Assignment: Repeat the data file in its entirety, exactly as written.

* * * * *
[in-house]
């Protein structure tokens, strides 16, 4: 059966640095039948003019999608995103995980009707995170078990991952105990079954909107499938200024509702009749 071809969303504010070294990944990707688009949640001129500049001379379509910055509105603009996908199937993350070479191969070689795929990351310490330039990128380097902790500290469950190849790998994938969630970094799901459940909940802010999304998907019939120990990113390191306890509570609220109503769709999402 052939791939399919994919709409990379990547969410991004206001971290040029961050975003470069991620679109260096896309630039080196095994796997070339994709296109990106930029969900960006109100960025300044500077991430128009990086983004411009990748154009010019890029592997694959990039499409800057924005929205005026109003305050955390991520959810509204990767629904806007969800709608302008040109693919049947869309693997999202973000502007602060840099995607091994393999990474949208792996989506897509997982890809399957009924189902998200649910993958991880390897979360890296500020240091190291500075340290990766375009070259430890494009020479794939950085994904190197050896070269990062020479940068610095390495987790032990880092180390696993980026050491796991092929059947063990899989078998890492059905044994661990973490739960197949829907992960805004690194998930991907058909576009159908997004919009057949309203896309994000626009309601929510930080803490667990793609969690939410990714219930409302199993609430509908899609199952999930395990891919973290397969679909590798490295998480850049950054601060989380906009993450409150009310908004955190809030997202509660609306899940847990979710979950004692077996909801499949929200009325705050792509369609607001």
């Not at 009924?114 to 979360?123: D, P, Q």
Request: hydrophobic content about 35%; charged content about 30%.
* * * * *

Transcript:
[in-house]
């Protein structure tokens, strides 16, 4: 059966640095039948003019999608995103995980009707995170078990991952105990079954909107499938200024509702009749 071809969303504010070294990944990707688009949640001129500049001379379509910055509105603009996908199937993350070479191969070689795929990351310490330039990128380097902790500290469950190849790998994938969630970094799901459940909940802010999304998907019939120990990113390191306890509570609220109503769709999402 052939791939399919994919709409990379990547969410991004206001971290040029961050975003470069991620679109260096896309630039080196095994796997070339994709296109990106930029969900960006109100960025300044500077991430128009990086983004411009990748154009010019890029592997694959990039499409800057924005929205005026109003305050955390991520959810509204990767629904806007969800709608302008040109693919049947869309693997999202973000502007602060840099995607091994393999990474949208792996989506897509997982890809399957009924189902998200649910993958991880390897979360890296500020240091190291500075340290990766375009070259430890494009020479794939950085994904190197050896070269990062020479940068610095390495987790032990880092180390696993980026050491796991092929059947063990899989078998890492059905044994661990973490739960197949829907992960805004690194998930991907058909576009159908997004919009057949309203896309994000626009309601929510930080803490667990793609969690939410990714219930409302199993609430509908899609199952999930395990891919973290397969679909590798490295998480850049950054601060989380906009993450409150009310908004955190809030997202509660609306899940847990979710979950004692077996909801499949929200009325705050792509369609607001």
């Not at 009924?114 to 979360?123: D, P, Q």
Request: hydrophobic content about 35%; charged content about 30%.